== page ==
Flying the Coop

Around this time in August two years ago seven fellow new-kids and I huddled in a full and startlingly muggy Russel House conference room, munching on pistachio muffins and sipping coffee. It was kick-off of the MS ESP new student orientation 2013. We had each been tasked with presenting ourselves to the program in a single-slide presentation, one of the most stressful slides I’ve made to date. A year later we attended orientation 2014 as a group of pals, battle hardened by a course in Law & Policy and a New Hampshire ‘polar vortex’ winter. That year we sat back and observed others navigate the awkwardness of new-student ice breakers as we welcomed five new members to the RadGrad roster. This August I sit 533 miles southwest of Plymouth at my desk on 14th and L Street in the U.S. Capitol. Almost two months into my position at American Rivers, I still feel pretty fresh out of the Northeastern woods as I reflect on the past two years in graduate school and Plymouth life that got me here.

Diaries of the travelling bottle.

Diaries of the travelling bottle.

I feel that I should start this post by announcing to those currently (and soon to be) in Boyd 219 Grad Office that there is life after thesis! I know that it doesn’t seem plausible at times, but there’s a whole bustling world out here that’s thrilling to be a part of. That being said, flying the Plymouth-coop isn’t without sentimental looks over the shoulder or jarring come-to-realities. For instance, late succession doesn’t always mean a quiet hardwood-spruce-fir forest, in some places this refers to the stand of trees and manicured bushes down the block. Also, trail-ready shoes aren’t acceptable daily wear everywhere, and terms like “old-growth,” “nonpoint source,” or “watershed” aren’t necessarily appropriate conversation topics at all happy hours. These things I’m learning the hard way. All sorts of new things balance out these changes, however. One of the most exciting has been meeting people on a daily basis who are just as passionately driven by the things they study and work on as we are on ours, many of which I know nothing about. Additionally, I have an array of options from which to buy my groceries and I can count on one hand how many times I’ve used my vehicle since July 1. So hold steady rad grads and keep your eyes on the prize, it all counts for something.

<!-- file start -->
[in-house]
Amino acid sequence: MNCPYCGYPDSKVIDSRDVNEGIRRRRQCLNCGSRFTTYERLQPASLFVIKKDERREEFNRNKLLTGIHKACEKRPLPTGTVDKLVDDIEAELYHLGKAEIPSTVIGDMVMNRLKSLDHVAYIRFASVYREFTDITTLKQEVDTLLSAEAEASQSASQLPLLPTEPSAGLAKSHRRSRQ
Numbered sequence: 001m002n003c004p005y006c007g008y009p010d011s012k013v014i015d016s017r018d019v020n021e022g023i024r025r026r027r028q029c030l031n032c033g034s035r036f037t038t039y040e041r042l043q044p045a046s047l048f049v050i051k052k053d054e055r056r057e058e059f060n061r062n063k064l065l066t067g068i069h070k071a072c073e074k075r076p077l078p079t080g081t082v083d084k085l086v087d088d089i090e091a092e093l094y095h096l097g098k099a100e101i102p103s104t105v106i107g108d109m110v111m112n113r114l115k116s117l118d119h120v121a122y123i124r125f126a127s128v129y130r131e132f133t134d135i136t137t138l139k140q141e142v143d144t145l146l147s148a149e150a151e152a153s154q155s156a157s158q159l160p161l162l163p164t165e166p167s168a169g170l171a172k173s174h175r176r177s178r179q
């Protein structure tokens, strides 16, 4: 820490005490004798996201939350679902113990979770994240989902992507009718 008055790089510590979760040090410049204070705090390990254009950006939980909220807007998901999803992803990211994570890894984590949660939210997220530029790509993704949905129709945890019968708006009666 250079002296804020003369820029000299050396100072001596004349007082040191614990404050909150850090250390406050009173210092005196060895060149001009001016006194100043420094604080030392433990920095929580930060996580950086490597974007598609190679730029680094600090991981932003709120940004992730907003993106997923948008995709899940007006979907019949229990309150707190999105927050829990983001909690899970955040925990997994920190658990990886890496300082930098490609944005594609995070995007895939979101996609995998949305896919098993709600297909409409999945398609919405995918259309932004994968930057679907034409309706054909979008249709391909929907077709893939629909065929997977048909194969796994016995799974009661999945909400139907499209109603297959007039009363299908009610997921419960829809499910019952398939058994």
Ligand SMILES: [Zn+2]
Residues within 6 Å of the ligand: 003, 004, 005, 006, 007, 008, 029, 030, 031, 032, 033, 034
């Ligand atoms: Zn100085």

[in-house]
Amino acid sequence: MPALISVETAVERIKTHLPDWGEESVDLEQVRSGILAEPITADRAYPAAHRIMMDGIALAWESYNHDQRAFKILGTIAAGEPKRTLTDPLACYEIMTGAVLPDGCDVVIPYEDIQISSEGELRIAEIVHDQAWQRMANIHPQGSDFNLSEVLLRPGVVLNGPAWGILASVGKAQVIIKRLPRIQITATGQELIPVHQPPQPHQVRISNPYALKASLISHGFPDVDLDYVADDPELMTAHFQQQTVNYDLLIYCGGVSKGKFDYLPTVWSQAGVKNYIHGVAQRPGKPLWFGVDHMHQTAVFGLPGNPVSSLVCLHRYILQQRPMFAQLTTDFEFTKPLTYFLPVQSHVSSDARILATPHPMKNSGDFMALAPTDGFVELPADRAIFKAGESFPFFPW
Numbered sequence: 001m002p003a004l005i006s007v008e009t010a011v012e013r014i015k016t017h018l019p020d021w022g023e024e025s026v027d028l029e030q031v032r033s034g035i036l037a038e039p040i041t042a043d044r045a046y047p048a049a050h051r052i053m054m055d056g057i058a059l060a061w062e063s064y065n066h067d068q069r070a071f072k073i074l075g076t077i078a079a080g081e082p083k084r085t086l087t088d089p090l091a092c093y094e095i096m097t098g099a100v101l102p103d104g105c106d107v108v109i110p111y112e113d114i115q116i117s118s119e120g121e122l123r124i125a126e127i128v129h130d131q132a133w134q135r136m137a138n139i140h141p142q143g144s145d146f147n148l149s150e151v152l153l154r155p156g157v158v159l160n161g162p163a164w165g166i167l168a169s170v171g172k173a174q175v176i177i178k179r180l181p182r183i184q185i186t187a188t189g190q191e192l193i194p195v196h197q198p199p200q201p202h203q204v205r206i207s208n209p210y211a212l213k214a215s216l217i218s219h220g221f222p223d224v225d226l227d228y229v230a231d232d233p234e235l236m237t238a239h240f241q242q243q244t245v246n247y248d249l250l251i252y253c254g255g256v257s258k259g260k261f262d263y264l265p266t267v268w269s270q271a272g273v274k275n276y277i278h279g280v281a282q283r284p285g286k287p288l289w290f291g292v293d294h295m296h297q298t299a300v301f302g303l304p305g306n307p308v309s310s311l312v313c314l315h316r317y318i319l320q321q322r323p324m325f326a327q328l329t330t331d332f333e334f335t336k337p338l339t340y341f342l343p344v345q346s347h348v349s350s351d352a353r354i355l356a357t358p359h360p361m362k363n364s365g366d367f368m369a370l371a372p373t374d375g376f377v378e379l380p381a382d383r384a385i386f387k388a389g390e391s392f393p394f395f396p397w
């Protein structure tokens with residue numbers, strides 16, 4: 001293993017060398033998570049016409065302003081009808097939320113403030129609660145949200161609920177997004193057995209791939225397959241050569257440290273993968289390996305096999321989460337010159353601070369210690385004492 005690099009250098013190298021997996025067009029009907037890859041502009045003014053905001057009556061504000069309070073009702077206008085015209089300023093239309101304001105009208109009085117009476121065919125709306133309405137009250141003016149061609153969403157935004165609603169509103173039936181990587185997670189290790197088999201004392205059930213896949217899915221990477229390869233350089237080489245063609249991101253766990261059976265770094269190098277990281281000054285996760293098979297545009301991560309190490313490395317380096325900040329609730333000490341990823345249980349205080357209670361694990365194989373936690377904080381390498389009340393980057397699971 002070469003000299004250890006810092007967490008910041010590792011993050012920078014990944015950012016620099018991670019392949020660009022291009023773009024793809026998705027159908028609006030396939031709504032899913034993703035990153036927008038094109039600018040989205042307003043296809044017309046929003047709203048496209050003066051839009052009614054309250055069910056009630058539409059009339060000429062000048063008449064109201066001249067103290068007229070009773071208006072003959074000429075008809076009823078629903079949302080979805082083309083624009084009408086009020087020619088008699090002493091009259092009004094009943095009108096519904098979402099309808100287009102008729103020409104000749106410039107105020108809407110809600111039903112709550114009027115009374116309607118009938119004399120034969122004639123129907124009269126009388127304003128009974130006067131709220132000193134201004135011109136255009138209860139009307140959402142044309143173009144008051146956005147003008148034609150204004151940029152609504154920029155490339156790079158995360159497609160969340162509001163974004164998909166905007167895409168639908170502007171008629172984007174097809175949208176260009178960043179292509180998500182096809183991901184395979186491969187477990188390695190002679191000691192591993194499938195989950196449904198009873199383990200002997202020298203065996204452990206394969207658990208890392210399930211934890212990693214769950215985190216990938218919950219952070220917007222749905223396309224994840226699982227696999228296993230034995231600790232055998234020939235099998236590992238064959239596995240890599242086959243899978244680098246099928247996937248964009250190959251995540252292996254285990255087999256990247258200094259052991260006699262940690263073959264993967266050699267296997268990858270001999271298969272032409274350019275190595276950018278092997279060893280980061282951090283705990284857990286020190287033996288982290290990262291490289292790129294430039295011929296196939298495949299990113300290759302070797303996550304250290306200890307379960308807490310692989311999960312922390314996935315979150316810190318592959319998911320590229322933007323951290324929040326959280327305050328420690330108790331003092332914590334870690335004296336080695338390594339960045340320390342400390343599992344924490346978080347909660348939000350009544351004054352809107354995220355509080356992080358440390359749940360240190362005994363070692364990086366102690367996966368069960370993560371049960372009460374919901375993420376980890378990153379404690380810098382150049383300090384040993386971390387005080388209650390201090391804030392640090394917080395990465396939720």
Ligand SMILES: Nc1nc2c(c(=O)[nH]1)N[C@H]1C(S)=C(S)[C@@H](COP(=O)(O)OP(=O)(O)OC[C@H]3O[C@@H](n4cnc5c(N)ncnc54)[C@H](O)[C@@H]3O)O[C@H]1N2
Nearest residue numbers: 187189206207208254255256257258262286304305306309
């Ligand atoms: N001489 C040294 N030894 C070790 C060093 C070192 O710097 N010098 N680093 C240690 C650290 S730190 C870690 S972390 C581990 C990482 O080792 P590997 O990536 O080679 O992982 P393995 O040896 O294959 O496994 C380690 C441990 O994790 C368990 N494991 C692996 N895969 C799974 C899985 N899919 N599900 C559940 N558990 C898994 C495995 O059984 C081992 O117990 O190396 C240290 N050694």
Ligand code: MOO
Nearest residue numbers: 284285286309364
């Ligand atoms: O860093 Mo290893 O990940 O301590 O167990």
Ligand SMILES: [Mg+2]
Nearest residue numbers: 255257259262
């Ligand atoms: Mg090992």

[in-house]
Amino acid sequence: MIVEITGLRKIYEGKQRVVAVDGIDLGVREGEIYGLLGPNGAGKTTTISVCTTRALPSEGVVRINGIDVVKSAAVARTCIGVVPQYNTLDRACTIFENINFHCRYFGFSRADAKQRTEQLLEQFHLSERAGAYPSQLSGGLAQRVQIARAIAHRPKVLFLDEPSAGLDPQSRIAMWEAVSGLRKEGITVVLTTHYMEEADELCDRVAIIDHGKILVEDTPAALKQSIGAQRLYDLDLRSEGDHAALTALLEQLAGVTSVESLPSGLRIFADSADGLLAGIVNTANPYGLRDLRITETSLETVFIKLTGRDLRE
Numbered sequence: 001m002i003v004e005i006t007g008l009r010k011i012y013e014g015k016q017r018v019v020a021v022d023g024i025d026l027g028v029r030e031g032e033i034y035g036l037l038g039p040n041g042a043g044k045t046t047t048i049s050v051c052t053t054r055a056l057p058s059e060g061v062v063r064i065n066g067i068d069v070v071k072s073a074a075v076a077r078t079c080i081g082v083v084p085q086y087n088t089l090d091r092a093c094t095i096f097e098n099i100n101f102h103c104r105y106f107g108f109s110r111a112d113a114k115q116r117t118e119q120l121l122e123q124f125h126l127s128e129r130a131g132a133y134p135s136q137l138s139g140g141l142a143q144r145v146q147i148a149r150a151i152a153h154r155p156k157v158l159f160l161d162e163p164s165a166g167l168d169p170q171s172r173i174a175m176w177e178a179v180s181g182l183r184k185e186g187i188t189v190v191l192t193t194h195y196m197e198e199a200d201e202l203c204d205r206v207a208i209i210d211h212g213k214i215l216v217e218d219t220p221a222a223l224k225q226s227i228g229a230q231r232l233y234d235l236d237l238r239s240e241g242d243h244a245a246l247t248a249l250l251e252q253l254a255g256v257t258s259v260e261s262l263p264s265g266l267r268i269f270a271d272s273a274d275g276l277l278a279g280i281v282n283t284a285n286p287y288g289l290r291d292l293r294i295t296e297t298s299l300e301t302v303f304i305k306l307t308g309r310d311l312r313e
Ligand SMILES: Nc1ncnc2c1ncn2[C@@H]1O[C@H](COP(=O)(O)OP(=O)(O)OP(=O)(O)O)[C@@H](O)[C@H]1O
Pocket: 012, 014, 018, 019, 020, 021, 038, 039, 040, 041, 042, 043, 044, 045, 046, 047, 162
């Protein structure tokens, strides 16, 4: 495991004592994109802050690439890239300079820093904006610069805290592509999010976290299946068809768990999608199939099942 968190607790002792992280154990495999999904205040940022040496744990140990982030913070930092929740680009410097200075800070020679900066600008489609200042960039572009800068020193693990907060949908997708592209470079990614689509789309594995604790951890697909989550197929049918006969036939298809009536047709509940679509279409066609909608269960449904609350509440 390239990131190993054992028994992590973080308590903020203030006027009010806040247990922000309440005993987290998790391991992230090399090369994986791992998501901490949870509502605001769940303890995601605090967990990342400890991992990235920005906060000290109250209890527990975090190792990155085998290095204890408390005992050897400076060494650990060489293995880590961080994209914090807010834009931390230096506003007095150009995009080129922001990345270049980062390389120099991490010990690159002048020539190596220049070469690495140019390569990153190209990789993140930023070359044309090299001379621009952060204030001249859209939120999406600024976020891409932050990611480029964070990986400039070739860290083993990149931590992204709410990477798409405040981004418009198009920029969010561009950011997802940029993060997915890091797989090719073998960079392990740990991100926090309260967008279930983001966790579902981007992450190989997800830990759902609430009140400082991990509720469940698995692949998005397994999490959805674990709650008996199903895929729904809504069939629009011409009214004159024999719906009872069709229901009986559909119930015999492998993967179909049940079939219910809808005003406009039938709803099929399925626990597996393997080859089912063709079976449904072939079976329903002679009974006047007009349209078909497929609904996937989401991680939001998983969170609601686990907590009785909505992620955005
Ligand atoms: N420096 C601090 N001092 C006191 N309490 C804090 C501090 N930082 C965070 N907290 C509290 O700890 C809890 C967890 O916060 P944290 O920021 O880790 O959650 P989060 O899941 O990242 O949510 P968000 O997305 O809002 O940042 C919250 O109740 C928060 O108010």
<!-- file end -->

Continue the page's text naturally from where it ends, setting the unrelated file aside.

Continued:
A little bit of the 'old growth' system in Washington, D.C. Somewhere along the spectrum of the mosaic steady state...

A little bit of the ‘old growth’ system in Washington, D.C. Somewhere along the spectrum of the mosaic steady state… A daily lunch spot at Franklin Park on 14 and K St.

I’m now the new kid on the block at American Rivers, a river conservation and policy organization headquartered in Washington, D.C. with field offices in major river basins across country. A non-profit environmental organization, American Rivers’ core mission is to protect wild rivers, restore damaged rivers, and conserve clean water for people and nature. As a research fellow, I’m fortunate to have the opportunity to directly apply and continue much of my graduate research on flood adaptation and ecosystem services to a new project. Specifically, American Rivers is interested in developing a new floodplain restoration program across the country, expanding their current flood policy portfolio to include on the ground floodplain projects. Well known for dam removal work (propelling over 200 dam removal projects since 1973), the organization would like to become equally effective at floodplain reconnection to rivers, restoration, and information sharing. Working within the conservation and restoration teams, I’ll be contributing to the development of this new program internally by composing a framework for restoration, and by implementing a pilot floodplain restoration project within a river system of focus. While the exact trajectory of this two-year project is still unfolding, I’m excited and fortunate to have Shannon Rogers, my graduate adviser at PSU, on-board as a continuing colleague and adviser in this project.

The transition from student to work world has been palpable. I’m finding that in many ways we’ll probably always be a ‘student’ of sorts at whatever we’re doing in career and life. This is good because after 18+ years of schooling, being a student is likely what many of us do best. Now outside of the campus, I’m learning how to apply myself towards projects that are collaborative and application driven, and measured by outcome (AKA: not working for a grade or a thesis product). The good news is that much of what we focused on in the ESP MS program was geared towards these same ends. Every course I took had some avenue for incorporating a community or regionally applicable project. The first assignment I was handed in my current position was to carry out an assessment of landcover and values of floodplain properties along a segment of the Neuse River in Raleigh, and to test a scenario of landcover change on nutrient loading- not unlike something I might have been assigned a few months earlier in grad school!  Being able to tackle such work and then communicate what it means to those who aren’t familiar with it (also part of what I was tasked with), is something I’m very glad to have done in our MS program. Those projects are also great talking points and resume bullets for other pursuits.